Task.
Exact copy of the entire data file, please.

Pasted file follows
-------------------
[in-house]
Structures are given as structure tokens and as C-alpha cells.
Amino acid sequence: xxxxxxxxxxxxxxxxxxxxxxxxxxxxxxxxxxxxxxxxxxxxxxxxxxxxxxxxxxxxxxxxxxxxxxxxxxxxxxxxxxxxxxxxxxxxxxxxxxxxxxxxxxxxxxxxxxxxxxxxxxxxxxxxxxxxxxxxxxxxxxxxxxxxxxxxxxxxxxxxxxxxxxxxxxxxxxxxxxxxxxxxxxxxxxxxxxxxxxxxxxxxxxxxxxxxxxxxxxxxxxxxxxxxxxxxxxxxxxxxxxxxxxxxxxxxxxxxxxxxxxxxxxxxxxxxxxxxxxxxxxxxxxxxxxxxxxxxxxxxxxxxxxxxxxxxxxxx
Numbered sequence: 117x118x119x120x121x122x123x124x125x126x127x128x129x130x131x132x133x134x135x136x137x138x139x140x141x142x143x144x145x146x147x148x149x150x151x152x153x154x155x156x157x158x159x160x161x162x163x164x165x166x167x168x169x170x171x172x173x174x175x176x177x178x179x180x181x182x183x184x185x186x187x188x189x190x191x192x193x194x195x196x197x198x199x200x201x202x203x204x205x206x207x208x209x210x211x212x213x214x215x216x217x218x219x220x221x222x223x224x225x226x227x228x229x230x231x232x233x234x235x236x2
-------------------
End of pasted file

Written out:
[in-house]
Structures are given as structure tokens and as C-alpha cells.
Amino acid sequence: xxxxxxxxxxxxxxxxxxxxxxxxxxxxxxxxxxxxxxxxxxxxxxxxxxxxxxxxxxxxxxxxxxxxxxxxxxxxxxxxxxxxxxxxxxxxxxxxxxxxxxxxxxxxxxxxxxxxxxxxxxxxxxxxxxxxxxxxxxxxxxxxxxxxxxxxxxxxxxxxxxxxxxxxxxxxxxxxxxxxxxxxxxxxxxxxxxxxxxxxxxxxxxxxxxxxxxxxxxxxxxxxxxxxxxxxxxxxxxxxxxxxxxxxxxxxxxxxxxxxxxxxxxxxxxxxxxxxxxxxxxxxxxxxxxxxxxxxxxxxxxxxxxxxxxxxxxxx
Numbered sequence: 117x118x119x120x121x122x123x124x125x126x127x128x129x130x131x132x133x134x135x136x137x138x139x140x141x142x143x144x145x146x147x148x149x150x151x152x153x154x155x156x157x158x159x160x161x162x163x164x165x166x167x168x169x170x171x172x173x174x175x176x177x178x179x180x181x182x183x184x185x186x187x188x189x190x191x192x193x194x195x196x197x198x199x200x201x202x203x204x205x206x207x208x209x210x211x212x213x214x215x216x217x218x219x220x221x222x223x224x225x226x227x228x229x230x231x232x233x234x235x236x2